- Planetary alignment peaks with celestial show this weekend
- UK fighters escort Pakistan plane to airport, two arrests
- Judge rules against 'America's toughest sheriff' in racial profiling lawsuit
- Sixth night of violence in Sweden, but police say capital calmer |
- Justice Department defends journalist email search
"The Social Network" opens in NY to buzz, controversy
NEW YORK |
NEW YORK (Reuters) - Billed as an exhilarating, visceral tale about the founding of Facebook, "The Social Network" gave the opening of the New York Film Festival on Friday an aura of anticipation and a touch of controversy.
The film has attracted widespread attention with its assertion that it tells the true story of the birth of the website -- which now boasts more than 500 million members and is worth tens of billions. Yet, it is based on a book criticized for its reporting methods.
One of the most talked about films of the year, "The Social Network" was transformed into a movie by Hollywood heavyweight director David Fincher and writer Aaron Sorkin. It has brought an unusual pizzazz to the 17-day film festival, which typically emphasizes the art of cinema over Hollywood-style premieres.
"This movie is absolutely a true story, but with the catch that people disagree about what the truth was and the movie takes no position on what the truth is. It presents everybody's story," Sorkin, best known for his TV hit "The West Wing," told Reuters.
The movie opens across the United States October 1, telling the rags-to-riches tale of how Facebook co-founder Mark Zuckerberg was transformed from an intelligent, socially awkward Harvard University student to the hottest property in Silicon Valley for creating the online community.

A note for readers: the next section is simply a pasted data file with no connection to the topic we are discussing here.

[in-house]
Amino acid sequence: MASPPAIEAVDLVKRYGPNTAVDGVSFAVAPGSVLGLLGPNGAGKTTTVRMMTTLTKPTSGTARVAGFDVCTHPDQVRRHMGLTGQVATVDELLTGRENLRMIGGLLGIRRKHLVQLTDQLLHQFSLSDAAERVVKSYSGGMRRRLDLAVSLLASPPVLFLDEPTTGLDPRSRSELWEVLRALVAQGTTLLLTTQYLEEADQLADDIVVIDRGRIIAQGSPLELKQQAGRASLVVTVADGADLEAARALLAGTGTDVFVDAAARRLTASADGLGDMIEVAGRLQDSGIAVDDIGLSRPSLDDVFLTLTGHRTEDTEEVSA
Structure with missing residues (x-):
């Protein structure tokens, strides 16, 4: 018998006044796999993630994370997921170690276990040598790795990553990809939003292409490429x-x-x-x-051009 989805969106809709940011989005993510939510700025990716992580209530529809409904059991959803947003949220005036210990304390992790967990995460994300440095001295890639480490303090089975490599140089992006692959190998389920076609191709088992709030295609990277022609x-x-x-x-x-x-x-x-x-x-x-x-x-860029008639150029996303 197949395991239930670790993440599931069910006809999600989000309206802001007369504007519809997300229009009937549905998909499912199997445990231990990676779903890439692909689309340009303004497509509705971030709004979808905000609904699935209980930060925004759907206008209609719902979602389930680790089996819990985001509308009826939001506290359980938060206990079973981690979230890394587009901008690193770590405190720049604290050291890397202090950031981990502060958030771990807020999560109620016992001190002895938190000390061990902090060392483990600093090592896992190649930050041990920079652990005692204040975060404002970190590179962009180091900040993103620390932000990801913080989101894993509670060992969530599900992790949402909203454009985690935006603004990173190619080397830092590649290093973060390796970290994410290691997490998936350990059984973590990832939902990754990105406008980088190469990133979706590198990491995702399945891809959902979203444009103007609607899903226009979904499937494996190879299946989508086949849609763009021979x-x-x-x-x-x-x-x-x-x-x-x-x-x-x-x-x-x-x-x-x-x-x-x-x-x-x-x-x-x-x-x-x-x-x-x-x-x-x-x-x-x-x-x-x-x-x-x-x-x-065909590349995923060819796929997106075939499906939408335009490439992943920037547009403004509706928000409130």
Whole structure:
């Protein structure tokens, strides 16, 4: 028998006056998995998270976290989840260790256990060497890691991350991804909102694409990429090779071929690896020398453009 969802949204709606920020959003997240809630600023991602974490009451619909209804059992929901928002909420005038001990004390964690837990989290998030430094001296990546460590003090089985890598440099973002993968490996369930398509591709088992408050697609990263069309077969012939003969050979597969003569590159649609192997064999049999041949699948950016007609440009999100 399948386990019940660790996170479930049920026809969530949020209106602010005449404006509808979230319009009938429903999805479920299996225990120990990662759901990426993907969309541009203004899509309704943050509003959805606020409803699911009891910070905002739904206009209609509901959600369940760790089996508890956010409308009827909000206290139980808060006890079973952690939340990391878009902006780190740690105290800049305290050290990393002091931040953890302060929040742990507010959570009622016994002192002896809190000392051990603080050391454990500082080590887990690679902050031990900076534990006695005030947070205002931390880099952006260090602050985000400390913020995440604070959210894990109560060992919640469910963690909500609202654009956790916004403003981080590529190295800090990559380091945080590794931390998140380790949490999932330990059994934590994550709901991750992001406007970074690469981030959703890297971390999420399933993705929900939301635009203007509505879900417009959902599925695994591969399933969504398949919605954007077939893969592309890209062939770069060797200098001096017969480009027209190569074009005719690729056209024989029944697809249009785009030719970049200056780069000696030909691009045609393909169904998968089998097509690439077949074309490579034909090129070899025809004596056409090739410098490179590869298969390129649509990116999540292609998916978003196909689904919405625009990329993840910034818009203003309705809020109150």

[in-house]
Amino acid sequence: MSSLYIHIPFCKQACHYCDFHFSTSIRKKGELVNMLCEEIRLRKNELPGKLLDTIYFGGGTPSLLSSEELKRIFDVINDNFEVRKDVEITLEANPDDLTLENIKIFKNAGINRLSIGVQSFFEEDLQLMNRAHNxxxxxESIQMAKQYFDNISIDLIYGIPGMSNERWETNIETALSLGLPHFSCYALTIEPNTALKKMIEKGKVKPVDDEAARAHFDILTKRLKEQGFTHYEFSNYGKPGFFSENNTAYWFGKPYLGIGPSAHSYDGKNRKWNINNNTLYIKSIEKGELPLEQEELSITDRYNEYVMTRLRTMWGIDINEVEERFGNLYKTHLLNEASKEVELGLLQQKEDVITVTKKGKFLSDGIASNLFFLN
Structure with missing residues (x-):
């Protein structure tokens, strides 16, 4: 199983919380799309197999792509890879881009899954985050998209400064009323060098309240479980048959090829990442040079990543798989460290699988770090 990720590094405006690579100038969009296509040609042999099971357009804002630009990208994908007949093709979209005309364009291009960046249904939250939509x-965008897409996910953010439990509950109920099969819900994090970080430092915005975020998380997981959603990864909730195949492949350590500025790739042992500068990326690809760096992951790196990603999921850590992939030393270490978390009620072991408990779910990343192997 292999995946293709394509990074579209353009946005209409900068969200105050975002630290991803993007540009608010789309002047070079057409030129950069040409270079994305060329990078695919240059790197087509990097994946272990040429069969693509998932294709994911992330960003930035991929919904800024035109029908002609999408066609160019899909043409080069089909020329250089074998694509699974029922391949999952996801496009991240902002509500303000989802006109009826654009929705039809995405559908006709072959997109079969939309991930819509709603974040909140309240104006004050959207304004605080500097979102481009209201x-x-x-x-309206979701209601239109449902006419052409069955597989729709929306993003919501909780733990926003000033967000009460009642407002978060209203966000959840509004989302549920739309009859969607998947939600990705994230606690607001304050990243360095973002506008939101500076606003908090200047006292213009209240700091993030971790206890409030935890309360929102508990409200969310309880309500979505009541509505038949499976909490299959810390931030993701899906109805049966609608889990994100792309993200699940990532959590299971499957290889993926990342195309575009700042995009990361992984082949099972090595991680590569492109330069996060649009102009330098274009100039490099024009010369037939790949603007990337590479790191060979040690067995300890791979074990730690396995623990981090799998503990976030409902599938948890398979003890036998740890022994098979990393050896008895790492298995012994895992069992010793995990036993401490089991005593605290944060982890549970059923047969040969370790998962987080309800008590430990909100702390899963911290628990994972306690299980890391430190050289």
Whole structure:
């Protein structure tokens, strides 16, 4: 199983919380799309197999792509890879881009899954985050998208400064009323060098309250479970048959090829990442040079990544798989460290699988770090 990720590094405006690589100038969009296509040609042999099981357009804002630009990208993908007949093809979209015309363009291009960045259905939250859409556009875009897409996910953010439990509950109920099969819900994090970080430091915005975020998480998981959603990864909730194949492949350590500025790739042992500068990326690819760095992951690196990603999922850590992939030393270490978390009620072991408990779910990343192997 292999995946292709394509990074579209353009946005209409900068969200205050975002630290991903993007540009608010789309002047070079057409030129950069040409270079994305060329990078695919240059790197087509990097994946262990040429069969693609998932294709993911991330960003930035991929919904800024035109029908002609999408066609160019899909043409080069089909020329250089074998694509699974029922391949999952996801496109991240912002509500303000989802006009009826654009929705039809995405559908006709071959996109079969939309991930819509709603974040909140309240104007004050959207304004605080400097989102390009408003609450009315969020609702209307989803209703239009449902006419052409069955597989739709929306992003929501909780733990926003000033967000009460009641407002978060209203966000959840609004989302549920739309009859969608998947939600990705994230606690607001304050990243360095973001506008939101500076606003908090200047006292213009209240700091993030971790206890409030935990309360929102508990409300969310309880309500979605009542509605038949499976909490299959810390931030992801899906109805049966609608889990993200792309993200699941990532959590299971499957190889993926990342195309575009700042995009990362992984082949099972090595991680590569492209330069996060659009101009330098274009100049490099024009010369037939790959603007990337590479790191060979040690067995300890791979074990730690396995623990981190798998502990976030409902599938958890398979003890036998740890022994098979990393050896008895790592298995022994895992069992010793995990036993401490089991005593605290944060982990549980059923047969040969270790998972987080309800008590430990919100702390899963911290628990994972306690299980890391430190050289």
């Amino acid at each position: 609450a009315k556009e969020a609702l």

It intersperses scenes of depositions taken for lawsuits by Zuckerberg's former best friend and Facebook co-founder Eduardo Saverin, as well as by Olympic rowing twin brothers and former Harvard students Tyler and Cameron Winklevoss.
Both lawsuits resulted in undisclosed large settlements.
Zuckerberg, now 26, is not expected at Friday's premiere. He refused to cooperate with the film and told Oprah Winfrey on her chat show on Friday, "It's a movie, it's fun" but his life was not so dramatic.
Now worth $6.9 billion according to Forbes, Zuckerberg announced a $100 million donation to Newark, New Jersey schools on Friday, deflecting some media attention from the film's premiere.
ZUCKERBERG, PRICKLY & SMART
Zuckerberg also refused to cooperate with the book upon which the film is based, Ben Mezrich's "The Accidental Billionaires -- The Founding of Facebook, A Tale of Sex, Money, Genius and Betrayal." Some critics blasted it as frivolous for featuring too much narrative and not enough fact.
The movie stars 26-year-old Jesse Eisenberg as Zuckerberg, Andrew Garfield as Facebook CFO Saverin, and Justin Timberlake as Napster creator and Internet wunderkind Sean Parker. None of the characters are portrayed in an altogether positive light.
Fincher, know for such hit movies as "Fight Club," Se7en" and "The Curious Case of Benjamin Button," said he knew the film would be controversial when he took it on, but he refused to do a "cuddly" portrayal of Zuckerberg.
"I knew it was controversial," said Fincher. "I like the fact that he is prickly and smarter than everybody and makes no apologies for it."
Fincher declined to say if he views the movie as a true story or a work of fiction, saying only that fact-based movies have to take the perspective of certain characters.
Whether fact or fiction, early reviews have been good. Critic Todd McCarthy said of the movie, "Everything about it is rich." And the quick-witted and speedy dialogue of Sorkin's script has garnered early Oscar chatter.
Fincher said the film addressed wider themes of friendship, loyalty, jealousy and power.
"It's not the story of a website, it's the story of a time and a place and the friendship, a bunch of dreamers and a bunch of people who saw what the future was going to be like, and tried to capitalize on it and the acrimony that broke out between them," said Fincher.
(editing by Mark Egan and Bob Tourtellotte)
- Tweet this
- Share this
- Digg this